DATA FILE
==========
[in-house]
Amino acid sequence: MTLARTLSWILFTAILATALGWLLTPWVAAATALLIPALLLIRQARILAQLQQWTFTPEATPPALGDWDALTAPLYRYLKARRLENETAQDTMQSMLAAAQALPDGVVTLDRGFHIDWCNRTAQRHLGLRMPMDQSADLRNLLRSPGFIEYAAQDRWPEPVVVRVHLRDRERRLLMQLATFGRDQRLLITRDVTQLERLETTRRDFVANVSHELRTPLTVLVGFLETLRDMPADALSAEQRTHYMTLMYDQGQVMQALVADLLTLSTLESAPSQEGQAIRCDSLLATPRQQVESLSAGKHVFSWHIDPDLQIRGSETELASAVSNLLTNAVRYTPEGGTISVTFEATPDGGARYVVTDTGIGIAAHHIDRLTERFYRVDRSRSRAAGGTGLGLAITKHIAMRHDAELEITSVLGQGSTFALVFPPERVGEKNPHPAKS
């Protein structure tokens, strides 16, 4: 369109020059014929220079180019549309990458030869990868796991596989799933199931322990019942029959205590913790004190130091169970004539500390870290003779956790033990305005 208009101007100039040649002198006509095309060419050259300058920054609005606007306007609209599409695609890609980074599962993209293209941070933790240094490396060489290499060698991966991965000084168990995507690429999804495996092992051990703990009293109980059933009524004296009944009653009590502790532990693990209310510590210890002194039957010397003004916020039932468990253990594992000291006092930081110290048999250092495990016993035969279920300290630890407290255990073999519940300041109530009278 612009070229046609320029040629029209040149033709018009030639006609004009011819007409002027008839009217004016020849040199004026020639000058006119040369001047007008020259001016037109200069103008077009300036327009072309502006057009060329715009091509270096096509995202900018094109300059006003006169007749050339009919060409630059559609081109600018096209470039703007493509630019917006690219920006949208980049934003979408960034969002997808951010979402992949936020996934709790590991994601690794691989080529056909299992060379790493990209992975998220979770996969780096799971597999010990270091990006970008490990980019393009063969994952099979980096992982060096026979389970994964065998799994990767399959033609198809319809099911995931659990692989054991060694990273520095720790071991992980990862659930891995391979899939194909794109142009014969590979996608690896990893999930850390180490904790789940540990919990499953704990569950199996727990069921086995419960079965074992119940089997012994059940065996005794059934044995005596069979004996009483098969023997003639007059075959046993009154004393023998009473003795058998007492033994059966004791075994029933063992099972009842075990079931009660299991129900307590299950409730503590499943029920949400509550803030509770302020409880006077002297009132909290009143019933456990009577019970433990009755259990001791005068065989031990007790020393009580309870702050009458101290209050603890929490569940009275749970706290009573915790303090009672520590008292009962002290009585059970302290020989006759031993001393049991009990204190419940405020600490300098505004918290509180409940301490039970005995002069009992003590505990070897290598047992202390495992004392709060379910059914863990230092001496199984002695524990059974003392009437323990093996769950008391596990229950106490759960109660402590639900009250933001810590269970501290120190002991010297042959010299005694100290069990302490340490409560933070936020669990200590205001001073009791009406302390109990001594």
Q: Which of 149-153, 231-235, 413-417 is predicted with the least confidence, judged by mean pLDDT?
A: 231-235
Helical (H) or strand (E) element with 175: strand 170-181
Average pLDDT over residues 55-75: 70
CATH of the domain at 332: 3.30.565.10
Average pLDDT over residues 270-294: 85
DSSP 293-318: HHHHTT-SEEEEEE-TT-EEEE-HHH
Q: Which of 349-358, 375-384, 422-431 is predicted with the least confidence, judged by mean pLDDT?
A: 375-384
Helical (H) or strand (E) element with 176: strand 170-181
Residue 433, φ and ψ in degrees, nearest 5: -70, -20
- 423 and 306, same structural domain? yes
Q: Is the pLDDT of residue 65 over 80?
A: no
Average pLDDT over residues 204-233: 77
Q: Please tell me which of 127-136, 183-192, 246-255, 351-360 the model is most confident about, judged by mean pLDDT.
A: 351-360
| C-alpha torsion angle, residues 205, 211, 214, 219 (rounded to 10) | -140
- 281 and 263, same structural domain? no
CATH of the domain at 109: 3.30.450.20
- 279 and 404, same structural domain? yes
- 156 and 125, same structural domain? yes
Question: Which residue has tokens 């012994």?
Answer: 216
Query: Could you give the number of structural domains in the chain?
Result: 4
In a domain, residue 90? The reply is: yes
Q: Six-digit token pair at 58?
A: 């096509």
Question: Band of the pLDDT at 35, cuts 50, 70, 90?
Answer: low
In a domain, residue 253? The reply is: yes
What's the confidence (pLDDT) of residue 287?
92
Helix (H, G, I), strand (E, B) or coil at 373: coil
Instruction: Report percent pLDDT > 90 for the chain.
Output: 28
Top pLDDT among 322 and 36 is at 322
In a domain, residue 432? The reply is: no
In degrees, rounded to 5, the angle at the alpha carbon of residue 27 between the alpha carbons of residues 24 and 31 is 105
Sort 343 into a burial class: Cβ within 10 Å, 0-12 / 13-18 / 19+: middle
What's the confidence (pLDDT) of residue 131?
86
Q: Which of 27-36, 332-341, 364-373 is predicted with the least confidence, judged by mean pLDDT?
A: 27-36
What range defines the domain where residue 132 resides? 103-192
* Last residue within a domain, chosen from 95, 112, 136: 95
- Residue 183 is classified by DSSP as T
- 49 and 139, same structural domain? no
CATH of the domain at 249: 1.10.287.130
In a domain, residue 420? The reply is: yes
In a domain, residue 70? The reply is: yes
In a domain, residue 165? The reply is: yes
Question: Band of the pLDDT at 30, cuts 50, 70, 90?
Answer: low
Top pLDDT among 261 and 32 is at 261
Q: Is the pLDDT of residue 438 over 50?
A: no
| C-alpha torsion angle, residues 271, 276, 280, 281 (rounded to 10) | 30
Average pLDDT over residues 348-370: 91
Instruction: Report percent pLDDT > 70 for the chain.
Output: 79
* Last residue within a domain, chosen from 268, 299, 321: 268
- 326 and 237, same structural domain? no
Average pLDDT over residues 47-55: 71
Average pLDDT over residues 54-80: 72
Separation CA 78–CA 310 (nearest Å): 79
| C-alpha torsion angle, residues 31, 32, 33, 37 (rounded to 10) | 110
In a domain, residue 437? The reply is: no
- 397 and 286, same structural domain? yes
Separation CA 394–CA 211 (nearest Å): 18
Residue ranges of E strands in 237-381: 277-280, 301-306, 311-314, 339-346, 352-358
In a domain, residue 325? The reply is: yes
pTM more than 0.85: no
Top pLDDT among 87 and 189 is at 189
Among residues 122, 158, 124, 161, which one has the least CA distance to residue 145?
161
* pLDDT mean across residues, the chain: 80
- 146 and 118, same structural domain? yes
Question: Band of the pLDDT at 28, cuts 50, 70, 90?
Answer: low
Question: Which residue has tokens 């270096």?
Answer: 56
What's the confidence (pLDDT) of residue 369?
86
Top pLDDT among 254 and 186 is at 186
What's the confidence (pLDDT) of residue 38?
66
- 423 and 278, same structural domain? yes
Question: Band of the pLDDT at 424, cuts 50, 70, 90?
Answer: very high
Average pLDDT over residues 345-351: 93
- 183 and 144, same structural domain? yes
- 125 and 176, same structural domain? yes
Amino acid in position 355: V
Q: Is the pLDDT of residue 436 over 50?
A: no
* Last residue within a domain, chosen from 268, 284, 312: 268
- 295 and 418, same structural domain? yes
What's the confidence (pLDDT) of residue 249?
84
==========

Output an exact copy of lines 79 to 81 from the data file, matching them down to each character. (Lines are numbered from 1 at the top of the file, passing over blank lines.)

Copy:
Among residues 122, 158, 124, 161, which one has the least CA distance to residue 145?
161
* pLDDT mean across residues, the chain: 80